THE PERFECT STORM
A True Story of Men Against The Sea
By Sebastian Junger
236 pages. Paperback. $14 USA. $20.95 Canada. HarperPerennial, A Division of Harper Collins Publishers
Reviewed for Keeping APAce by Roy D. Varner.
“An indelible experience”
“One powerful piece of journalism”
“Terrifyingly, awesomely real”
“Frightened by nature's remorseless power.”
This true story delivers the powerful synergy of a combination of elements in perfect balance: high-seas drama that slams your emotions like the rogue wave that explodes windows in the wheelhouse…fresh imagery that draws you in and puts you helplessly amid the crashing waves and hurricane winds on the boat…and fascinating facts about storms, wave dynamics, fishing techniques, and much more.
Author Sebastian Junger, a journalist by trade, combines these various elements in a well-crafted story of lives affected forever by a series of decisions by six fishermen in the town of Gloucester, Maine.
The Perfect Storm, in a nutshell, is the story of a freak conjunction of weather systems that produced the most powerful storm of the 20th century off the coast of northern New England in October 1991. Caught in this maelstrom is a swordfishing fleet, in particular the Andrea Gail and its six-man crew. Building up to the frightening climax is the story of a fishing town, its people and culture, and the perils of daily life on board commercial fishing boats (generally acknowledged as the most dangerous profession). Yet it is also a story of how personal assumptions and decisions determine who will live to fish another day.
Unlike the trite, cardboard characters of many a fiction adventure, the real men and women who experienced this almost inconceivable storm come alive through Junger's careful and respectful representation of the facts. We get to know the tightly bonded folks at the Crow's Nest bar, where fishermen sometimes spend thousands of dollars of hard-earned wages in one night buying drinks for their friends. We get inside the lives of fishermen and their families, lives that would soon be forced to change in ways they always dreaded but never thought would happen to them. And we discover the misgivings and premonitions of crew members when the time came to load the Andrea Gail and head for one last run, ominously late in the season — warnings to which some listened, but others didn't.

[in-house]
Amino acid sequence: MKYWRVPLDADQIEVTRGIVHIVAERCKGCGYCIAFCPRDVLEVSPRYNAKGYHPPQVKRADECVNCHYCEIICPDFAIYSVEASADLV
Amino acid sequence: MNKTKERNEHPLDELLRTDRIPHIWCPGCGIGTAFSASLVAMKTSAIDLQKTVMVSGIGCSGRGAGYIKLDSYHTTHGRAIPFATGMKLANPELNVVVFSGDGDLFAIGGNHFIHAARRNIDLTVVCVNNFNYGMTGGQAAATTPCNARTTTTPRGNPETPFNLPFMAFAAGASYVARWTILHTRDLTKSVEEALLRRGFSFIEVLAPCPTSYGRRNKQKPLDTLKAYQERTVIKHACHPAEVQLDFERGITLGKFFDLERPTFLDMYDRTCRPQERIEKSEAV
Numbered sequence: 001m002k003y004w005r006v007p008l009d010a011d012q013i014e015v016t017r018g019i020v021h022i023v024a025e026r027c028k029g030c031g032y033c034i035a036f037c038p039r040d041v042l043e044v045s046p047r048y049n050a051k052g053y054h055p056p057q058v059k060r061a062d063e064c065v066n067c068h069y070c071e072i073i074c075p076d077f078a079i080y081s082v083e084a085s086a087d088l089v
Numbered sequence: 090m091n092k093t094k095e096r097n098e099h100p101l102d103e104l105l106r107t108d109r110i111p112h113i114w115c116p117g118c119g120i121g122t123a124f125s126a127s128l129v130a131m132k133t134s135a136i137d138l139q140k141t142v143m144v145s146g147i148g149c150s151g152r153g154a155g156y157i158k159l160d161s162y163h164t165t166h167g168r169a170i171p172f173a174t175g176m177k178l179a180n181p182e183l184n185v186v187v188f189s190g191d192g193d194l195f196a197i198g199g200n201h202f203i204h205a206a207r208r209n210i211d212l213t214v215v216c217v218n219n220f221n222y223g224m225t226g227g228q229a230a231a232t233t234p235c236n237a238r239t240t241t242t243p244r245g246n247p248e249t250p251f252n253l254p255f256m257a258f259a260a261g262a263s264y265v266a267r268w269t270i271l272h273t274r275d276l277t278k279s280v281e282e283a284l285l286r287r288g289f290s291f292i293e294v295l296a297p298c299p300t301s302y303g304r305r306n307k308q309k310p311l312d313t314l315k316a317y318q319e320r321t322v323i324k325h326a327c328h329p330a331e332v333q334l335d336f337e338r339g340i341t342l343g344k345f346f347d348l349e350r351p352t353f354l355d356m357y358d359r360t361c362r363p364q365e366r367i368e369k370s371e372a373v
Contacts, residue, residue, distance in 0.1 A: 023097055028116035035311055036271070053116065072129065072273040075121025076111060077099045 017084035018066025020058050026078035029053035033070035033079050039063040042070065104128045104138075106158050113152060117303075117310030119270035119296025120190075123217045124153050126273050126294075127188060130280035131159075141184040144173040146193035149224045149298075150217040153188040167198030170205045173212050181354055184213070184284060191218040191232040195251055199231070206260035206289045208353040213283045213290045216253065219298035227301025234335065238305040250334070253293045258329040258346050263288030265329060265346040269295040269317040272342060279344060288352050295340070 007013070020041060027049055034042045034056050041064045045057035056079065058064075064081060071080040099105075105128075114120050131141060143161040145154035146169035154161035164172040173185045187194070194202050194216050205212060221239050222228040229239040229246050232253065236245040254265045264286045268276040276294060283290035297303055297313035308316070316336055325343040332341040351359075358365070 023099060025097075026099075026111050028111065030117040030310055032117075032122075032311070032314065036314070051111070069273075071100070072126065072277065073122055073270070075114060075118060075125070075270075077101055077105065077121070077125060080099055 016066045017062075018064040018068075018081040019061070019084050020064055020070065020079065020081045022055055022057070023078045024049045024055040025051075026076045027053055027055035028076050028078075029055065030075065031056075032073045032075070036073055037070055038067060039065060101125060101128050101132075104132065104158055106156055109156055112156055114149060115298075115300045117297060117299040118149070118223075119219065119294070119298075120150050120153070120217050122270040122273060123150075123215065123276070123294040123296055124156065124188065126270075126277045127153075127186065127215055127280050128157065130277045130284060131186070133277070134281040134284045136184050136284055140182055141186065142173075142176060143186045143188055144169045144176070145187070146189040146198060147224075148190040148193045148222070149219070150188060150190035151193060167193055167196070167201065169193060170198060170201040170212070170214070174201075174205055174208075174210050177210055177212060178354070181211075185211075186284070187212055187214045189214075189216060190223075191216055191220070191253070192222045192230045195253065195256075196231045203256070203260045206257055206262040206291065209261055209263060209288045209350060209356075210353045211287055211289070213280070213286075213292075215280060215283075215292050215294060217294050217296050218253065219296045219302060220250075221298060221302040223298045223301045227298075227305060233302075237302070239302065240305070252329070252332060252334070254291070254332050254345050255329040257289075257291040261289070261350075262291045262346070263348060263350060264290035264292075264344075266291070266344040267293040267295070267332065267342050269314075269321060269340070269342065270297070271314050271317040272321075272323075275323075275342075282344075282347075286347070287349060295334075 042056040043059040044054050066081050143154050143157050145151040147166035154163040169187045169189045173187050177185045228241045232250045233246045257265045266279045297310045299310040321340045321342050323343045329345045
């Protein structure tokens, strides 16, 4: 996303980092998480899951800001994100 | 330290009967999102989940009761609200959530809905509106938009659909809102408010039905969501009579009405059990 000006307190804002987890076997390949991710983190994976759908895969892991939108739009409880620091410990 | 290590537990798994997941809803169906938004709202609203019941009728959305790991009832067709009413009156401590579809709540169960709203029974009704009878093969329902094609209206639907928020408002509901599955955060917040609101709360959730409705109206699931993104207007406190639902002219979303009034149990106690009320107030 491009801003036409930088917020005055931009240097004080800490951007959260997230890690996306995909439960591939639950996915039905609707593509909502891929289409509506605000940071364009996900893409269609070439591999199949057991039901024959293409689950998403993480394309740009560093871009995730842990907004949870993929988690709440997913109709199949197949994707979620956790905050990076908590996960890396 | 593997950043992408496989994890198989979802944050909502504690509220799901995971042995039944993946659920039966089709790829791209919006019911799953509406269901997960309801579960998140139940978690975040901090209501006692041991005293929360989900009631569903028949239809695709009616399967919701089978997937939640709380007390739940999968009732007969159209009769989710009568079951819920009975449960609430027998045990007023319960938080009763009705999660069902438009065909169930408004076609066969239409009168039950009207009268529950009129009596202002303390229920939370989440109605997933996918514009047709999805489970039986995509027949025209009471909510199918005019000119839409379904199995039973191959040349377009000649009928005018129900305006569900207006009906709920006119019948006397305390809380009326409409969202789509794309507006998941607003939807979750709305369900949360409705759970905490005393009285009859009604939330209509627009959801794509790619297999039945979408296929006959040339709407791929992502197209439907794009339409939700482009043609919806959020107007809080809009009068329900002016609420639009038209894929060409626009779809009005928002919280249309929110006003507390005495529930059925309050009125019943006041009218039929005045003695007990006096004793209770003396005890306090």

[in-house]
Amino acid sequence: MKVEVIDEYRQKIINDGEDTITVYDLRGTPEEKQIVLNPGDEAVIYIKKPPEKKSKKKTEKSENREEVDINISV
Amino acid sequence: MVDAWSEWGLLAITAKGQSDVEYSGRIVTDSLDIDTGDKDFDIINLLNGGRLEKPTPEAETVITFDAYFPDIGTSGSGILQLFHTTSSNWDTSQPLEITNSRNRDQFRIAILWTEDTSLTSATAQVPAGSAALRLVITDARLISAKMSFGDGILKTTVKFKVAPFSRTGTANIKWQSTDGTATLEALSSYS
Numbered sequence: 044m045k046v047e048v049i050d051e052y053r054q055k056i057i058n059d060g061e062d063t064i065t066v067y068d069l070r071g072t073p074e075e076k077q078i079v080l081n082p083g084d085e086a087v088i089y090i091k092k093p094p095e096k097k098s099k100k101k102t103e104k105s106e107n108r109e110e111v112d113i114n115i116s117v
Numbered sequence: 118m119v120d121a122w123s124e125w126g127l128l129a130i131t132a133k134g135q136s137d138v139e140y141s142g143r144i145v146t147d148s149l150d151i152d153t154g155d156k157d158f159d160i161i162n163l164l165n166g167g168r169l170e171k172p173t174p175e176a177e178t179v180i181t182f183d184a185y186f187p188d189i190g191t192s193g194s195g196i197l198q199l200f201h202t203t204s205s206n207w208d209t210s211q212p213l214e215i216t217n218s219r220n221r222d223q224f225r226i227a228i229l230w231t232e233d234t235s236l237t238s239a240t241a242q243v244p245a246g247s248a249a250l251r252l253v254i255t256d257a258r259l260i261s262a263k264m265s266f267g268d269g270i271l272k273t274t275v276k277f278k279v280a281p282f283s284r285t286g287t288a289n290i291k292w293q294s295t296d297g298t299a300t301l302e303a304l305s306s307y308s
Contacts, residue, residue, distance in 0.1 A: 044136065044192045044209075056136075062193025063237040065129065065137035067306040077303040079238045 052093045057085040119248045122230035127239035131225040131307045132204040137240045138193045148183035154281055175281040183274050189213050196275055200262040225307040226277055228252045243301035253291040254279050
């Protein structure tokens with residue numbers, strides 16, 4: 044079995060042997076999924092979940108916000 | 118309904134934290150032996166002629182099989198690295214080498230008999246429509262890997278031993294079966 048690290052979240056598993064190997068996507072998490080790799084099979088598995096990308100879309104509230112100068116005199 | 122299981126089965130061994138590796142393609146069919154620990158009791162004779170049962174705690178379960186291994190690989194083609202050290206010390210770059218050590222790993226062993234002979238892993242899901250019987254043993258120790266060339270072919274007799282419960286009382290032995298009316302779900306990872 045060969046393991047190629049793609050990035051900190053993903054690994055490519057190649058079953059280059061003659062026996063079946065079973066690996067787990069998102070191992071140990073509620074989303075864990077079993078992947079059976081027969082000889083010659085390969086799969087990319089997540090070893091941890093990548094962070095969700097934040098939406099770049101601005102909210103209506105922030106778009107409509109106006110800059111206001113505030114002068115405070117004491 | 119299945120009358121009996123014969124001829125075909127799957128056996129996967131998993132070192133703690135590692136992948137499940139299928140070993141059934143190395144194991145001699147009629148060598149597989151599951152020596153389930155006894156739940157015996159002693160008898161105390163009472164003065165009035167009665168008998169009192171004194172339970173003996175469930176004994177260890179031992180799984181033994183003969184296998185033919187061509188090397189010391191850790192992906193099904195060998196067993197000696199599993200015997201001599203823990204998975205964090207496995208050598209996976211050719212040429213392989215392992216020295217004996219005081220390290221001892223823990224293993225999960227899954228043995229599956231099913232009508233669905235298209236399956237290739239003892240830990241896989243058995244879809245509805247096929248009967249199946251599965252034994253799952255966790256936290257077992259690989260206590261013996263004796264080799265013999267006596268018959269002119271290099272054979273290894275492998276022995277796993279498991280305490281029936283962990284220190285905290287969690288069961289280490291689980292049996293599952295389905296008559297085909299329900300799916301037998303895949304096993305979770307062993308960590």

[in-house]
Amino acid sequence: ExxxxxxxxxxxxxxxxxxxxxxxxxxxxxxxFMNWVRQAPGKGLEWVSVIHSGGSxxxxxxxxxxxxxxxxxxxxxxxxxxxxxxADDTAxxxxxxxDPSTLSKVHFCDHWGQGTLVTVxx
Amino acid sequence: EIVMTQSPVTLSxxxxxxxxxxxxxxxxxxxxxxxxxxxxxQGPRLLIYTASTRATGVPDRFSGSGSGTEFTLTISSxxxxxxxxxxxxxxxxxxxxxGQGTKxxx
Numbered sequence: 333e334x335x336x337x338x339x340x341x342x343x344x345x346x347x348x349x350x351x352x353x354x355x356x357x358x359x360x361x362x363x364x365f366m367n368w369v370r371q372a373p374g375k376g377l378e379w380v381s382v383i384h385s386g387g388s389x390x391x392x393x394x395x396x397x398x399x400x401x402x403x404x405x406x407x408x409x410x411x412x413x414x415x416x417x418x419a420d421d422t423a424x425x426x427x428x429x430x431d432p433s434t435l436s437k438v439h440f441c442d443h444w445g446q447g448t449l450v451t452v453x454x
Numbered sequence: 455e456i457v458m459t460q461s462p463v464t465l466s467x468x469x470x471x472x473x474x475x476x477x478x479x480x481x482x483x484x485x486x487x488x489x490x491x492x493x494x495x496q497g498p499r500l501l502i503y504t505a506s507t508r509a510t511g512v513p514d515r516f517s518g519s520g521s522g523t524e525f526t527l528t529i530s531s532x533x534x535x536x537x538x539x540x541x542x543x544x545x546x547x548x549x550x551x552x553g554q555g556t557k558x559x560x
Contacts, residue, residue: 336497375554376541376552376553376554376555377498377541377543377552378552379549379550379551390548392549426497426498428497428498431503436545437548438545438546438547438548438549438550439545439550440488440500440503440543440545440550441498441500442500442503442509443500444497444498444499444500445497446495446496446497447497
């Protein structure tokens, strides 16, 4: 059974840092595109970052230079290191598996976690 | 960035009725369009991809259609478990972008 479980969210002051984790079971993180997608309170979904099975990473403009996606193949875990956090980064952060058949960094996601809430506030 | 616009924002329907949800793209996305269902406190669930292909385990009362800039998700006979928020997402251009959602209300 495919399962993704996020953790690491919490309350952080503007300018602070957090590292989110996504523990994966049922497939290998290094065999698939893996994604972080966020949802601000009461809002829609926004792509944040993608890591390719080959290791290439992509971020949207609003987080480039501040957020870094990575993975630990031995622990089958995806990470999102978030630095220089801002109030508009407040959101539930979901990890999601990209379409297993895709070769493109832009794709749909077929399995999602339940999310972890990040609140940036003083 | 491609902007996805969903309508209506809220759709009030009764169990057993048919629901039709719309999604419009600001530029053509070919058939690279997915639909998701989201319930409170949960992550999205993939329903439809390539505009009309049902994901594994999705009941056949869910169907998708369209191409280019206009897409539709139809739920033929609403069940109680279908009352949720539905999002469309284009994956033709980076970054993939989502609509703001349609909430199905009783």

As the story unfolds, we learn more than we ever thought we wanted to know about meteorology…dynamics of waves traveling across thousands of miles of ocean (“forty-five-foot breaking waves are much more destructive than rolling swells twice that size”)…the rare monster rogue wave (“avalanches over the decks and buries the Andrea Gail under tons of water”)…hard-learned techniques for finding and catching swordfish (a hook “can whiplash over the rail and snag people in all kinds of horrible ways” and “if it catches some part of the baiter's body or clothing, he goes over the side with it”)…the economics of a competitive fishing industry that could force them to dump a month's worth of catch over the side…and open sea rescue procedures even more dangerous to the rescuers than the stranded crew. Perhaps the most fascinating discussion explores the physiological and psychological reactions of a human drowning at sea — when the body's natural reflexes kick in and panic is “mixed with an odd incredulity that this is actually happening…'So this is how my life finally ends.'”
Junger did a fine job of research and intelligent writing, skills gained from years of writing articles for such publications as Outside Magazine, American Heritage, and Men's Journal. His prose style is clean, highly readable, fresh, and full of vivid imagery:
“There's a certain amount of denial in swordfishing. The boats claw through a lot of bad weather, and the crews generally just batten down the hatches, turn on the VCR, and put their faith in the tensile strength of steel. Still, every man on a sword boat knows there are waves out there that can crack them open like a coconut.”
Junger is faithful to the facts and avoids the usual writer's conceit of embellishing a story with assumptions about what characters said and did. Instead, he wanted to “step back and let the story speak for itself.” As a result, we learn the facts Junger was able to gather through interviews and research, as well as how other fishermen described their similar near-death experiences, and our imagination takes over.
Even with so much detail — or perhaps because of it — we discover our emotions and fears swelling in proportion to the worsening storm, ever more gigantic waves, and gale-force winds. By the end, we have made and lost friends, vicariously gained a heightened fear and respect for the immense power of the ocean, and retained the indelible imprint on our psyche of this amazing drama. Readers of The Perfect Storm will discover a personal impact that establishes a new watermark for high seas drama and adventure.
Read the book. Experience the movie on a big screen when it comes out at the end of June. Then listen to your own premonitions to avoid being on any boat…in any storm…far out in the ocean…with nothing to do but wait helplessly for the next rogue wave to overtake you.
Roy D. Varner, of Tampa, FL, is a professional writer and author of A Matter of Risk, the true story of the CIA's Hughes Glomar Explorer covert mission to raise a sunken Russian nuclear submarine.